Michigan's positive coronavirus cases reach 12
Lansing — Michigan confirmed Thursday night that 10 new individuals have tested positive for coronavirus, bringing the "rapidly evolving" statewide total to 12 and triggering the closure of the state's K-12 schools.
The new cases tested in the state's Lansing lab are spread among Ingham, Kent, Montcalm, Oakland, St. Clair and Washtenaw counties, the state health department announced. Those tests have yet to be confirmed by the Centers for Disease Control and Prevention.
Gov. Gretchen Whitmer urged Michigan residents to take precautions against the spread of the disease during a news conference with Chief Medical Executive Dr. Joneigh Khaldun on Thursday night.
Whitmer announced the closure of all school buildings and said she would make an announcement about the state work force "in the coming days."
She noted that the state's total of positive tests jumped from 2 to 12 within a day and expects "more to come."
"Even if you feel healthy and are asymptomatic, you can unknowingly be carrying and spreading the virus," Whitmer said. "Assume that you are and take these orders seriously.”
The new cases of coronavirus:
• An Ingham County woman who had been on a cruise.
• Three Kent County residents — two women and one man — who had a history of international travel.
• A Montcalm County woman who had traveled internationally.
• Two Oakland County men, one with a history of domestic travel and another who had not traveled recently. The county released a list of sites where people may have been in close contact with the men.
• A Washtenaw County woman and man, one who traveled domestically and another who traveled internationally.
• A St. Clair County man who had a history of domestic travel and is in stable condition at his home, where he is isolated. The man "took proper precautions" and had "minimal contact" with others.
The state is working local health departments to determine when the individuals' symptoms started, who they were in contact with "and assessing those individuals for symptoms as well," Khaldun said.
"The situation is rapidly evolving and we will continue to monitor the number of cases across the state," Khaldun said.
Whitmer said she understood her actions "will prompt a lot of questions."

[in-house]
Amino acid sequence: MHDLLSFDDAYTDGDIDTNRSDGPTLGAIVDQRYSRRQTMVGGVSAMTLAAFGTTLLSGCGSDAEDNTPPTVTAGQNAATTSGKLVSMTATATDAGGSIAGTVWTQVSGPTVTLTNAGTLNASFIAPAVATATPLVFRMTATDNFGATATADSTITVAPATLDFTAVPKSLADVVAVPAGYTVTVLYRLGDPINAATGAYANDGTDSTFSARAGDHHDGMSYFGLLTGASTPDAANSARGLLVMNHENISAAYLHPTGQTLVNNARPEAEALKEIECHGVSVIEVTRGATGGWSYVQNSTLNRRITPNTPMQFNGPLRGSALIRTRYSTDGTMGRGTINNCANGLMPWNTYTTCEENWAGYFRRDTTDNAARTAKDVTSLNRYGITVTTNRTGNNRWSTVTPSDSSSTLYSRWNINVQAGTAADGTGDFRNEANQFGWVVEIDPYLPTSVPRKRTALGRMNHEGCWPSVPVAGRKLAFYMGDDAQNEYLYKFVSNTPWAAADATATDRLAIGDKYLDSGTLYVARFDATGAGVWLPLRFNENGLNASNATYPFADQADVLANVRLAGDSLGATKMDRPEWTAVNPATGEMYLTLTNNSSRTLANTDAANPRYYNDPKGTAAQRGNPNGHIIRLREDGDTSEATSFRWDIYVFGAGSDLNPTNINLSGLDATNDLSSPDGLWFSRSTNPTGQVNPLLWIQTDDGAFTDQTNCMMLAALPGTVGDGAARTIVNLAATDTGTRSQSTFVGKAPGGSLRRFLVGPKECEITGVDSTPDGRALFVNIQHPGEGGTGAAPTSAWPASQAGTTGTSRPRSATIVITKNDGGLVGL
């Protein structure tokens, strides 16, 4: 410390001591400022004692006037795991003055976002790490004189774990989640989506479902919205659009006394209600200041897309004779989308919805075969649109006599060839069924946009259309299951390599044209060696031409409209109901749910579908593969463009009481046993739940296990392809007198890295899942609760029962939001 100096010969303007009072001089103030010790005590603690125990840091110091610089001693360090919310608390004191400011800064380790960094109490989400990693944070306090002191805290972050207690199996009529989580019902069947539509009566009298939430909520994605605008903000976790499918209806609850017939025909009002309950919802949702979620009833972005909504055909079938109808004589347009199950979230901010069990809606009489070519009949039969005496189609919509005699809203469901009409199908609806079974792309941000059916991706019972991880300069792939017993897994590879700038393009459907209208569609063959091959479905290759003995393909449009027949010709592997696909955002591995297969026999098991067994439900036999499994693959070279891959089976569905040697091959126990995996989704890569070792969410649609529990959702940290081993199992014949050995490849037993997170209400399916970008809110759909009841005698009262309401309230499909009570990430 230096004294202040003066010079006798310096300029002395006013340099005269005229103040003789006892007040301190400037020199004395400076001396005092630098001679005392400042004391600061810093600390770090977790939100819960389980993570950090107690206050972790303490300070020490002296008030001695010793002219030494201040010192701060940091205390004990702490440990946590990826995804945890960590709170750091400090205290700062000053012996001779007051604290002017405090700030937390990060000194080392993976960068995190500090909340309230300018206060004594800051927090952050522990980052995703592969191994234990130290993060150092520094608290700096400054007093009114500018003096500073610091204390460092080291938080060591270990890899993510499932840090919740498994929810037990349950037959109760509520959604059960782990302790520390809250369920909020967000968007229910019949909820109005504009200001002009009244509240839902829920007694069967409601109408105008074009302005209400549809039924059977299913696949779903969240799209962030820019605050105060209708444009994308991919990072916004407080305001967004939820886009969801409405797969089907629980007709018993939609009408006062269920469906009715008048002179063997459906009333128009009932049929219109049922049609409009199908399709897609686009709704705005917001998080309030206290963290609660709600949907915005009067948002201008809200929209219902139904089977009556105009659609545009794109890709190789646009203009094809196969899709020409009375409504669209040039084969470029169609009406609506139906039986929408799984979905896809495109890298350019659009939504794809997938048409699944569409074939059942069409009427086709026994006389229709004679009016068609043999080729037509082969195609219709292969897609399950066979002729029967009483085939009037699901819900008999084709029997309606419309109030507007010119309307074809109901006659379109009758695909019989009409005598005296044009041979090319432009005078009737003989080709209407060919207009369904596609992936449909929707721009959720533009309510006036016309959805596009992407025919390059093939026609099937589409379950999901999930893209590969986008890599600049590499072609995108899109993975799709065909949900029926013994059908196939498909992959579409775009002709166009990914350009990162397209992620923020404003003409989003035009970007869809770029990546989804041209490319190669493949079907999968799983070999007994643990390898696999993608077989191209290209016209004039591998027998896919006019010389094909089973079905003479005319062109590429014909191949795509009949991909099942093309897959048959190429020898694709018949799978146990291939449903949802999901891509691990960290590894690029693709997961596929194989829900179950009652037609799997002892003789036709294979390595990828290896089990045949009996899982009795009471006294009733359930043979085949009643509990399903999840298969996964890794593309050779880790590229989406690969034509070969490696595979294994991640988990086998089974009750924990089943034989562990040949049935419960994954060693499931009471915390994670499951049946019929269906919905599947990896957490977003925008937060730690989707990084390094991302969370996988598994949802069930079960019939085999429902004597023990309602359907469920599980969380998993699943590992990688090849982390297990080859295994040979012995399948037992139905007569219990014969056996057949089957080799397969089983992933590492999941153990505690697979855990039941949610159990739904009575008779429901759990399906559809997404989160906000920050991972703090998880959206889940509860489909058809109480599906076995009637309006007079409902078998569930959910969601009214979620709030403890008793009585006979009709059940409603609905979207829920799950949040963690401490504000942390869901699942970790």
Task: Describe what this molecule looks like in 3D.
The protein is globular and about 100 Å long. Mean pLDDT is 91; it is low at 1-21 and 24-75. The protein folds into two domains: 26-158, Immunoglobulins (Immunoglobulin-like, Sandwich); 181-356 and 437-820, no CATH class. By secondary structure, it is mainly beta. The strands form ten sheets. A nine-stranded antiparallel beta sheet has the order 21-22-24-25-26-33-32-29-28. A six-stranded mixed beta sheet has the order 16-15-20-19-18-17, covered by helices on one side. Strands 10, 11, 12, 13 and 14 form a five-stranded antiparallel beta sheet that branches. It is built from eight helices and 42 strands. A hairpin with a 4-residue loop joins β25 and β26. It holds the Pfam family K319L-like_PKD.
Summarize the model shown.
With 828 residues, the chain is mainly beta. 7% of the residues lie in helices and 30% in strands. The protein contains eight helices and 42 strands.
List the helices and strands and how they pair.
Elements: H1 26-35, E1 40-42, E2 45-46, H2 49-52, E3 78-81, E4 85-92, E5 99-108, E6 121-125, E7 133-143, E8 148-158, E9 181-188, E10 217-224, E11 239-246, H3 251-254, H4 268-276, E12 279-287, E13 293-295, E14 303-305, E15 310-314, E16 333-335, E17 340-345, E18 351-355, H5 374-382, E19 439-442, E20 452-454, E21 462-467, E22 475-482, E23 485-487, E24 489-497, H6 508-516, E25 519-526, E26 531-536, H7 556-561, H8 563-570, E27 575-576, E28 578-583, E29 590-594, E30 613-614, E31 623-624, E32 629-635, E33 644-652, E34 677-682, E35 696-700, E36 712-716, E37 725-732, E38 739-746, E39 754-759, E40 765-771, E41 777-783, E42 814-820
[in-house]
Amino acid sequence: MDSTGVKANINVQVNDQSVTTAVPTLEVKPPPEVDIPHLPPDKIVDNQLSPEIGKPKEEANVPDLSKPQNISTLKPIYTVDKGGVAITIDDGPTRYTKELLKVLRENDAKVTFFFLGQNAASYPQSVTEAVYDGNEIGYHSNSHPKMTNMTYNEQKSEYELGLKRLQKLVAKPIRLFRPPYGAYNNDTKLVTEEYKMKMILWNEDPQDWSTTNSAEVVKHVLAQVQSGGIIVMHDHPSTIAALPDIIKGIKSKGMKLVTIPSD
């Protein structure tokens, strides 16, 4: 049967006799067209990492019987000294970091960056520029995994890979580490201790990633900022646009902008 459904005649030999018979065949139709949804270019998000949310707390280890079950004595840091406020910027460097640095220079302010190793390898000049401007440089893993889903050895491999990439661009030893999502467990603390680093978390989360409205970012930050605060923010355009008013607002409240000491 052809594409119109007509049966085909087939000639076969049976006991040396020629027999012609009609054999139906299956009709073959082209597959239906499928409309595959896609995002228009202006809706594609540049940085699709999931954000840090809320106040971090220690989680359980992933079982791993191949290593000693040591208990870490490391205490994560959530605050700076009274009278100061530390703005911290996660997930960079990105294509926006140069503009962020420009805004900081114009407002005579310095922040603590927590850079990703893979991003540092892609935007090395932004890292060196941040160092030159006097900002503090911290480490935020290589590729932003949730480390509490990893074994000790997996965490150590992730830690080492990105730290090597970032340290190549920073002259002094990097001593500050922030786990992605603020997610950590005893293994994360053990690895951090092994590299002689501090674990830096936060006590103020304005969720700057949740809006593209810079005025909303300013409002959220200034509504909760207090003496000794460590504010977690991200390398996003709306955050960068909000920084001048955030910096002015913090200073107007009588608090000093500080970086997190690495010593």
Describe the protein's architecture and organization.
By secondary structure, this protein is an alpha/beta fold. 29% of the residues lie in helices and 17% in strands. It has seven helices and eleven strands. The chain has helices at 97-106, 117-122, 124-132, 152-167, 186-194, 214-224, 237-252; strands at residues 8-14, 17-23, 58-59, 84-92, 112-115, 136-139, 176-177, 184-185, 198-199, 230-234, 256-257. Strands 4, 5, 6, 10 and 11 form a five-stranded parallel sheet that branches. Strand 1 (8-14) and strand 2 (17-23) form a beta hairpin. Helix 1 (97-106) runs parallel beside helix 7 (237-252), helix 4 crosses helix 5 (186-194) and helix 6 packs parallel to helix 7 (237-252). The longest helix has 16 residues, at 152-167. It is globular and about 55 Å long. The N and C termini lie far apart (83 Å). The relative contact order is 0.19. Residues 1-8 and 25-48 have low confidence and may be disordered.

"We’re going to do our best to answer as many as we can tonight but there are some questions that we need to spend more time to work to get through. I ask you to bear with us.”
The governor declared a state of emergency Tuesday night after announcing the first two cases, which involved a Wayne County man who traveled domestically and an Oakland County woman who had presumptively tested positive for COVID-19.
The city of Livonia said Thursday that the Wayne County man was a resident of the city and was isolated at University Hospital in Ann Arbor.
Samples that test positive at the state's lab are called "presumptive positive" until results are confirmed by testing at the CDC's laboratory in Atlanta.
Once transit and processing time are taken into account, the turnaround for each test batch is about 24 hours, Khaldun said.
Currently, the state lab has the capacity to process about 1,300 tests, and other private labs are coming online, Khaldun said.
"I'm telling clinicians, 'Do not hold back if you think it is appropriate for someone to be tested,' " Khaldun said. Nonetheless, she said, "... it is a possibility that we will run out of tests, so it is incredibly important that the federal government keeps up with that demand."
The state so far has approved testing for 135 people. One hundred and twenty have tested negative and 26 still are pending, meaning the state lab is waiting to receive the samples from the counties.
About 554 people have been referred for assessment or monitoring, and 172 remain under active monitoring.
On Thursday, Detroit Mayor Mike Duggan held a news conference to confirm that two Utah Jazz players who tested positive for COVID-19 stayed at a downtown Detroit hotel. Officials later confirmed it was the Westin Book Cadillac hotel.